My initial impressions of this device before I got it out of the box we’re good. It definatly looks good, probably the best looking PDA around. It’s polished aluminium exterior with is sleek body certainly make it look more sophisticated than my Tungsten T2 which I use for day to day duties, but its actually made out of plastic, which might save weight, but is no-where near as though as my T2.
As I picked it up, I was surprised at how heavy it is. It certainly feels every gram of its 133g weight. It’s also not that thin either, only managing a few millimeters off my ageing T2. It’s surprising how little difference the is between the E2 and T2, the screen, the size, the weight, the design (apart from the slide-down graffiti area).
I haven’t had time to actually use it properly yet, but it’s safe to say that my initial impressions of it are underwhelming.
An update to the incredibly dissapointing Treo 600, I have to say I wasn’t expecting much from this PDA cum mobie phone. At first glance, it’s slightly smaller that is predecessor, but still weighs an astonishing amount, 178g to be exact. Too heavy to fit in a trouse pocket comfortably, I would have to carry this around in a man bag or wear jackets all the time. The screen is infinitly better, being a useable resolution (320×320) rather than a blast back to the 90s (160×160).
To be honest, you would still look like a bit of a dick with a phone that big held against your head, so I’m glad that this supports bluetooth, however, as it’s mainly targeted at business users, I’m confused at why Wi-Fi isn’t included, and why it doesn’t offer the same sort of functionality as the BlackBerry, instant on demand e-mail. Something, which you can now, even do to a certain extent with a Microsoft PocketPC PDA and ActiveSync pusing new e-mail to your PDA over GPRS while you’re away.
The much anticipated LifeDrive, I expected it to be big… but it is huge. I wouldn’t be comfortable putting this in any pocket, the risk of it’s weight ripping a hole in it and falling onto the ground destroying the hard drive is too great. I’ve had the least amount of time to try this device, so I’ll reserve judgement until I get some more time, however, although it may be big, it is the smallest PDA with a hard drive, I’m including those devices that have hard drives, run Windows and play videos, such as the Archos AV700, although I doubt the software included can compete with the Archos on refinement and ease of use.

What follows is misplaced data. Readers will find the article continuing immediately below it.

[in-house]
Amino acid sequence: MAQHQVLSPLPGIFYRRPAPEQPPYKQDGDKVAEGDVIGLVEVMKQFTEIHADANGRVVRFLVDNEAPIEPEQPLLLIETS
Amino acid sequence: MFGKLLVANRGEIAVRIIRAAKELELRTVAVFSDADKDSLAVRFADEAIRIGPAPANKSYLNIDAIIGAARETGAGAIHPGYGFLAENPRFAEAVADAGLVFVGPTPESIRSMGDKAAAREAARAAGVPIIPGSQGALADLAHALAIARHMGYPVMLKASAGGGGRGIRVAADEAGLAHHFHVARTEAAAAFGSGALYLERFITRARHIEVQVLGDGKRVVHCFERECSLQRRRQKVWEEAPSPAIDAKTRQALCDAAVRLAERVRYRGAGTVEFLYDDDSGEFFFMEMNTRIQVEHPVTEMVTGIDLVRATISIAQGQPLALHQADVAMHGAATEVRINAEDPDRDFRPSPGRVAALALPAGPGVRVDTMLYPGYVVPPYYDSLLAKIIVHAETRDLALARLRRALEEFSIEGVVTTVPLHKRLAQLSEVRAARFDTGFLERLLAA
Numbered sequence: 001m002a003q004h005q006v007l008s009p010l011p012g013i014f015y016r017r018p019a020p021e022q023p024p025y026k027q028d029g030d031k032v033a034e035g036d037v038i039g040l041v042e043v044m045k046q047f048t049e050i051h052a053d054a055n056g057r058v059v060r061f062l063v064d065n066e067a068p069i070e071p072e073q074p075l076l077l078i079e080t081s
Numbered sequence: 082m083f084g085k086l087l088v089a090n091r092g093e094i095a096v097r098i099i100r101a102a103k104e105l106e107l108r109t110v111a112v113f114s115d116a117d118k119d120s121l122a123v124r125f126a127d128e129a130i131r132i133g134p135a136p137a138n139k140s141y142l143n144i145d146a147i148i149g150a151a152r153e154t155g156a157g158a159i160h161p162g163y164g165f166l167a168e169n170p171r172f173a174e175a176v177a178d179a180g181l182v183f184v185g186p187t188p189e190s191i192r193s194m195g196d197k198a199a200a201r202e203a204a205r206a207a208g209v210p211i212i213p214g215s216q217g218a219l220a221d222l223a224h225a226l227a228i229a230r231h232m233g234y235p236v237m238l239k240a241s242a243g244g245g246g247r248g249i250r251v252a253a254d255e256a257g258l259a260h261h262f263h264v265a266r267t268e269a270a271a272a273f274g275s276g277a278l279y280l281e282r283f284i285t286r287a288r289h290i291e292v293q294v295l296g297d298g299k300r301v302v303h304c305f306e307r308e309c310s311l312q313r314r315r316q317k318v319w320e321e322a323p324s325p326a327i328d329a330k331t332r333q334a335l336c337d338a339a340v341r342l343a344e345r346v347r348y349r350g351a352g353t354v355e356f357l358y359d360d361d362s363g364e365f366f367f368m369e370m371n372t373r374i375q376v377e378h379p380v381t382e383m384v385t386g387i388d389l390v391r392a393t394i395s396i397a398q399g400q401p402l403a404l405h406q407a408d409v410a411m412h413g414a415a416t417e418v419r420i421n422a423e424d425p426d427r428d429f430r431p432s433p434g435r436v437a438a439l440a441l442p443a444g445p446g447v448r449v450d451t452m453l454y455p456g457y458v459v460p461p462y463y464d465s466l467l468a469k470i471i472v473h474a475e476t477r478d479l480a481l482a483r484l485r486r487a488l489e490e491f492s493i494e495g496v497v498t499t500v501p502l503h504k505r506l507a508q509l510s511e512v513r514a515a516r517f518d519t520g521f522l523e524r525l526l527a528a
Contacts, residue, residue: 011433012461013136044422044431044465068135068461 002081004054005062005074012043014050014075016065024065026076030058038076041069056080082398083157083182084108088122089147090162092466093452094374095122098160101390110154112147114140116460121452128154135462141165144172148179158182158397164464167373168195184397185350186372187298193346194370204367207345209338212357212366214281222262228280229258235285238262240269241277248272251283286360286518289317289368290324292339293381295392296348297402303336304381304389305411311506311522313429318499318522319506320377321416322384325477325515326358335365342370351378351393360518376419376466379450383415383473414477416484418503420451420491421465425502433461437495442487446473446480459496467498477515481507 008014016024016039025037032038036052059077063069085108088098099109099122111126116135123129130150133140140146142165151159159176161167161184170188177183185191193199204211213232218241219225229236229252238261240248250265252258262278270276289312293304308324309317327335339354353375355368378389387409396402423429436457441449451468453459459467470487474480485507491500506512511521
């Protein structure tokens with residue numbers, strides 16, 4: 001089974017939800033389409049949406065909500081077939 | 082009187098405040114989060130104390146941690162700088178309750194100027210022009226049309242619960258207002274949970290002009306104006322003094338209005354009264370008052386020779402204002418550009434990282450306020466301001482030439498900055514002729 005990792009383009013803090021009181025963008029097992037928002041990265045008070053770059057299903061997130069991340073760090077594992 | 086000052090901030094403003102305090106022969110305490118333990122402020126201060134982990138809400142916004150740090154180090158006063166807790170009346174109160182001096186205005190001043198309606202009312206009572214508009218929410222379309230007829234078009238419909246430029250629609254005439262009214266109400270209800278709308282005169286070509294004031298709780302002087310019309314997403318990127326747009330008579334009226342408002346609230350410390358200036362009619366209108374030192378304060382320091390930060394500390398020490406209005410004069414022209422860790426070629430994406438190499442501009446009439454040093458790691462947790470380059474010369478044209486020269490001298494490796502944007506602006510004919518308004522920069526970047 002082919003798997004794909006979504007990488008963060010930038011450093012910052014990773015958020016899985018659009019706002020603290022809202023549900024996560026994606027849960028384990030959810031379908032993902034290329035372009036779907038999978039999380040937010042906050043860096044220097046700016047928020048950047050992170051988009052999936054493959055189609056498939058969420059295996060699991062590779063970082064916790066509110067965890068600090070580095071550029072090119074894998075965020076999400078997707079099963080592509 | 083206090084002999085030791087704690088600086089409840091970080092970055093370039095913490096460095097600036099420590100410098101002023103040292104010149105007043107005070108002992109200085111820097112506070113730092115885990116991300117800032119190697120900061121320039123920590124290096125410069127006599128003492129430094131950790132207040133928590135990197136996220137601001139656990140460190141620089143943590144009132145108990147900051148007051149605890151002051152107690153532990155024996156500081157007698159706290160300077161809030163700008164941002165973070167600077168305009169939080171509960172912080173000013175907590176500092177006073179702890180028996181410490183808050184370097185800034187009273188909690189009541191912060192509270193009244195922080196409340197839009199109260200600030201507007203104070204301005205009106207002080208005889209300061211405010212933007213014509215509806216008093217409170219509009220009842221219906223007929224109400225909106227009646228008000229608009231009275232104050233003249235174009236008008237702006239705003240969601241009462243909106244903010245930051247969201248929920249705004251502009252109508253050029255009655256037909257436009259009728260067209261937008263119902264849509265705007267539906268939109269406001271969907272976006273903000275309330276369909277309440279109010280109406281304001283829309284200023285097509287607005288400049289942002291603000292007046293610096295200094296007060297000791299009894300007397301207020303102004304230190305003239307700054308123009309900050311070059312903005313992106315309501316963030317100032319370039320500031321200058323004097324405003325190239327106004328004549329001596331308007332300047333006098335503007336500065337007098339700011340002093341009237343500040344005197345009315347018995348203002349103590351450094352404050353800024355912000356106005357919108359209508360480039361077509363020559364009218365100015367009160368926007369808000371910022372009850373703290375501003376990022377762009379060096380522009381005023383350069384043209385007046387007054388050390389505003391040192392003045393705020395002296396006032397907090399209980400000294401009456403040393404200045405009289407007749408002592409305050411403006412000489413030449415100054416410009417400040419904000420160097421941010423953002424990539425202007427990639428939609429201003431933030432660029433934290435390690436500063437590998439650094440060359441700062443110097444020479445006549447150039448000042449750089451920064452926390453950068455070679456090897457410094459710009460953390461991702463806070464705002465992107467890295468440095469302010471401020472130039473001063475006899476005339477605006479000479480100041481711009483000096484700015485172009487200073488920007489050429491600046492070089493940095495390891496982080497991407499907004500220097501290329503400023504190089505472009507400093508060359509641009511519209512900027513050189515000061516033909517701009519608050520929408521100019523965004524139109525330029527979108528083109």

The AddIt software included crashes HotSync, hanging the PDA when it tries to update. I finally did get it working, but it seems to download something off the internet every time it HotSyncs. Also, although it has an 416MHz XScale processor, it is excessivly slow. Even the Treo 600 was slightly faster than this is, and that only has a 166MHz processor. You click on a button, and theres a noticable lag before anything happens. Open an application, theres lag, turn it on, theres lag. I’m not sure what the problem is, I’ll be contacting Palm to see if this is normal behaviour, but if it is, the lag alone makes the LifeDrive completely undesirable.
I’ll have some photos on Flickr soon.
I thought I’d write a little aside on the Tungsten T5. I don’t see the point of this, its very expensive, but has almost the same functionality as the E2. However, it’s one saving grace, is that it provides huge amount of screen space for a GPS navigation system, such as TomTom’s Navigator, which you can connect to wirelessly through bluetooth. It works sublimely, one of the only applications that’ll use the 416MHz processor to its fullest extent.
Well, we’ve now sent them all back. Not one of them impressed, and we’re hugely slow at dealing with our custom made applications, mainly because of high the RAM usage, which the newer models can’t cope with, dispite having double the amount of RAM (128MB on the T5).
Time to see what PocketPC has to offer.